I am 31 years old and since I was 16 I have been having these episodes while I am asleep, where I will either get up and do things while asleep, bite people, watch television, have entire conversations, or stay in bed and talk in my sleep all night. The only people that have noticed these episodes are my friends. These episodes of actually getting up and interacting with people in my sleep are not very often. I always talk in my sleep though. I have no memory of the things that I have done, or have said but it has become a great amusement to my friends. I still sleep 7 hours but I still feel a little tired when I get up and have to take a nap sometimes in the afternoon. I am wondering what I can do to stop this, I do not have insurance or a job to go to a sleep clinic.
A. I do not believe it is a good idea to attempt to treat this condition on your own. Sleep disorders are complicated and require the treatment of trained medical professionals. I understand your situation. Not having a job or health insurance may make getting treatment difficult but I have some suggestions that I have given others in similar situations.
You may be eligible for a sleep disorder clinical trial. Throughout the United States, there are ongoing sleep disorder studies, which are looking for eligible participants. Here’s a link to the National Institute of Health Clinical Trial webpage. Type in the word “sleep disorders” and you may find a research study near you.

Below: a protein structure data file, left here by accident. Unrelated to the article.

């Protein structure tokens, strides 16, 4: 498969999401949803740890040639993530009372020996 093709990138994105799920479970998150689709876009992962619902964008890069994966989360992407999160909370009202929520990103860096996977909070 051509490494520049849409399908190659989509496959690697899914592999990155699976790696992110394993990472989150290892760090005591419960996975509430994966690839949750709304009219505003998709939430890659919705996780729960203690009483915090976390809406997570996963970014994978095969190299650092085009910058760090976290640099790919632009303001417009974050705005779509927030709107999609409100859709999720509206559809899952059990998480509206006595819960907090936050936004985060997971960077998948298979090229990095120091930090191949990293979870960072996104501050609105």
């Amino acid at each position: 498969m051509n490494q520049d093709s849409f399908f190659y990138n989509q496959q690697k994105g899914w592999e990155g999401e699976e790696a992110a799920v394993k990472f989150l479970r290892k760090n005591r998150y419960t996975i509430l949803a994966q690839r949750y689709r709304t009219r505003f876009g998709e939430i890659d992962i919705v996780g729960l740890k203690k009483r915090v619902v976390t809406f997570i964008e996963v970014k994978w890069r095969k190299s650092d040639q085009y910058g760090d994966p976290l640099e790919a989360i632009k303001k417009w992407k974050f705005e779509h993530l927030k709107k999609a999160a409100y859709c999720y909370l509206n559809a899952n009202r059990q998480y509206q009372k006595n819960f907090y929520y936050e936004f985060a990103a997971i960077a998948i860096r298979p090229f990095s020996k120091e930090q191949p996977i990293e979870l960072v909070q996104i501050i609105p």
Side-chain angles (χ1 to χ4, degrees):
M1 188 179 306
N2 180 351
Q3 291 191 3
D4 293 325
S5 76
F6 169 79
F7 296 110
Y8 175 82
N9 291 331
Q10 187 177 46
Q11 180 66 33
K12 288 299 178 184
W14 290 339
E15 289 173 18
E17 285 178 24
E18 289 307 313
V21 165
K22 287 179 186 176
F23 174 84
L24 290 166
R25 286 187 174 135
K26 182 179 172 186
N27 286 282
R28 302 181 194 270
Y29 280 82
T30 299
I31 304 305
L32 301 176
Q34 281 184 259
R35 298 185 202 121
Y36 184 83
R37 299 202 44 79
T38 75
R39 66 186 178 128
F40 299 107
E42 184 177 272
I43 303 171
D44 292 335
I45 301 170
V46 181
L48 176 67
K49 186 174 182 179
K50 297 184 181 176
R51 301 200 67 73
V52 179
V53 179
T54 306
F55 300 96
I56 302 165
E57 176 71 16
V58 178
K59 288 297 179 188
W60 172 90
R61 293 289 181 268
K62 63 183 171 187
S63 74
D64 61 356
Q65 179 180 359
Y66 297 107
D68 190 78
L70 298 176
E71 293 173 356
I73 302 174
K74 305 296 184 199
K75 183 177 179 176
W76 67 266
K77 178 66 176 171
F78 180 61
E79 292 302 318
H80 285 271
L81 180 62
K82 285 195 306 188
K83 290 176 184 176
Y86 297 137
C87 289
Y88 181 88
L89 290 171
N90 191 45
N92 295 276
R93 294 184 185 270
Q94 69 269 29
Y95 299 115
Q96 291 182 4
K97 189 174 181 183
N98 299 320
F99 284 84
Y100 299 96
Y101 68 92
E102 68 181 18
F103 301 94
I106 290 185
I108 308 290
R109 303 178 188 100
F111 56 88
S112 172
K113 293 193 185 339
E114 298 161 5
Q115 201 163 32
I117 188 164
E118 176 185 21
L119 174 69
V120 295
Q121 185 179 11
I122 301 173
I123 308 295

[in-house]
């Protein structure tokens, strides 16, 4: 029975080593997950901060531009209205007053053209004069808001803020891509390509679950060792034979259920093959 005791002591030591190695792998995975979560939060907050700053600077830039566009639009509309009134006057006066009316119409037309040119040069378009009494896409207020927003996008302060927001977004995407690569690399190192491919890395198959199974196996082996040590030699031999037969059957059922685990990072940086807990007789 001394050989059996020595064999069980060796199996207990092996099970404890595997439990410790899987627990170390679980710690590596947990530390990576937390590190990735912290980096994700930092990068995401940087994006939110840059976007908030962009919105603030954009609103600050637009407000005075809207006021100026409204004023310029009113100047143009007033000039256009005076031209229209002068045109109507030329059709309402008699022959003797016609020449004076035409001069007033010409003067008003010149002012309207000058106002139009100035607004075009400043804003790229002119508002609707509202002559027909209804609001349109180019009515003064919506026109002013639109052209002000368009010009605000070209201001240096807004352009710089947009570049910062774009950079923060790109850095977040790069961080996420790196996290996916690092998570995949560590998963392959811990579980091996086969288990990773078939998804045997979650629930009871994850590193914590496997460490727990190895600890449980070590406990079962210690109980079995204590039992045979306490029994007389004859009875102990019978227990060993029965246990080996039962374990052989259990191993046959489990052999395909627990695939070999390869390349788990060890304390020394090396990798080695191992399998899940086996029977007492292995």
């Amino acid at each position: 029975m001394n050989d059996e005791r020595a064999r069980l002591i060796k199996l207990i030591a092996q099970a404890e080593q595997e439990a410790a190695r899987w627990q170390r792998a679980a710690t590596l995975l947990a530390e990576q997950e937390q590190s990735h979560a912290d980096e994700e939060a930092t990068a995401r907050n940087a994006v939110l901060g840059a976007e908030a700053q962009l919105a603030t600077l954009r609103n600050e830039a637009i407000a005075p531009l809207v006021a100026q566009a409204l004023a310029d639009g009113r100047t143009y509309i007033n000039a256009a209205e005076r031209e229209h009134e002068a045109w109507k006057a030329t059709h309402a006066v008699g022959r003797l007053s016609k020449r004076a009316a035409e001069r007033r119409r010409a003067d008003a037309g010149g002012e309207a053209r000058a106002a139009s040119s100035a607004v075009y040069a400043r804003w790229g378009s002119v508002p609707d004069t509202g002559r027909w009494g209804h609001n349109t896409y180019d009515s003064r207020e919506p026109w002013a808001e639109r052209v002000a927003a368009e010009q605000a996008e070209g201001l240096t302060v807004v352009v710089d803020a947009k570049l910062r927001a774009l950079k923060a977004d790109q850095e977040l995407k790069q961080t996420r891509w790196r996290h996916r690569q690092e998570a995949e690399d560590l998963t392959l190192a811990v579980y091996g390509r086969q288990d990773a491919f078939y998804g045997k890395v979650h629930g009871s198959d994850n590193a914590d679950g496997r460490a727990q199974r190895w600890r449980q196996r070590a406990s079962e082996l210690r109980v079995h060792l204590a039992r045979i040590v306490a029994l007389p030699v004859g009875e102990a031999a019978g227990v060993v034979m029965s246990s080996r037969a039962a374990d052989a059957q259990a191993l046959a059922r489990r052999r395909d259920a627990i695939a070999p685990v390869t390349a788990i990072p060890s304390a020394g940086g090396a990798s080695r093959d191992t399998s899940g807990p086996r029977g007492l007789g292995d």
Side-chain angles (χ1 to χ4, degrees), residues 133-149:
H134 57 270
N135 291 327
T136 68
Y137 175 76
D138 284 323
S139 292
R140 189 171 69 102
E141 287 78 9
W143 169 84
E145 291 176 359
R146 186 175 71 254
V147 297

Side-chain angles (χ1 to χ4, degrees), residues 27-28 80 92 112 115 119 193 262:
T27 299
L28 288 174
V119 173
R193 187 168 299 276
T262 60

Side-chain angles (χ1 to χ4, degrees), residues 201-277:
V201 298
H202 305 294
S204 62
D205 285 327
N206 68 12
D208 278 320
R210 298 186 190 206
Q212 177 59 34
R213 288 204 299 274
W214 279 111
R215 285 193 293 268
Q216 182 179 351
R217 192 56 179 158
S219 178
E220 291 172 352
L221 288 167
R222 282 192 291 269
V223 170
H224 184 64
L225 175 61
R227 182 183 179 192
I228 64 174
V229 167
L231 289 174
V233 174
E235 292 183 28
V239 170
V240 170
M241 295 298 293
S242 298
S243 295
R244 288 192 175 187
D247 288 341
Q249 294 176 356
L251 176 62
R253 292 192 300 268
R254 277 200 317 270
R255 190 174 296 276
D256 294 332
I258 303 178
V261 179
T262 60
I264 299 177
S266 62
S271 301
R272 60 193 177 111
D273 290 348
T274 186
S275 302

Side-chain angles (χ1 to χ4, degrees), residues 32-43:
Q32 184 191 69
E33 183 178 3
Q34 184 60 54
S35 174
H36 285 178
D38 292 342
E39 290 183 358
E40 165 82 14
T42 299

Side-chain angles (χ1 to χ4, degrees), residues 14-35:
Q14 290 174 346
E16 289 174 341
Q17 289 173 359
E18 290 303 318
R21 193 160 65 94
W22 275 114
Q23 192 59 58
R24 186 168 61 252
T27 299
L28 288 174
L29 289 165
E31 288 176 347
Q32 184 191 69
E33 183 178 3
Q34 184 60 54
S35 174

I would also suggest calling local sleep disorder clinics and asking what help is available for individuals who cannot afford to pay for a sleep test. They may have low-cost or free services or referrals they can give you. Some find it helpful to call the local health department. They may know of good, unadvertised resources. Other resources include the Awake in America’s Sleep Study Relief program. This program was developed to assist individuals without the necessary financial means to receive a sleep study. Here is a link to the application for a free sleep study.
In the meantime, you might want to begin collecting data about your sleep behavior. You can do this in two ways: start a sleep diary and videotape yourself sleeping at night. A sleep diary can be an important way to understand your sleep patterns. Sleepdiary.com is a good place to learn about what type of information is important to record in a sleep diary. Videotaping yourself at night is a concrete way of learning what type of behavior you are engaging in while asleep. Keeping a sleep diary and videotaping yourself at night, would help professionals determine the type of sleep disorder that you may have. Lastly, I would also suggest conducting your own research on sleep disorders. That may include Internet research or reading books about sleep disorders.
I hope that you are able to find assistance for this issue. Please take care. I wish you well.
Last reviewed: By John M. Grohol, Psy.D. on 15 Nov 2010
Randle, K. (2010). Odd Behavior During Sleep. Psych Central. Retrieved on November 27, 2014, from http://psychcentral.com/ask-the-therapist/2010/11/15/odd-behavior-during-sleep/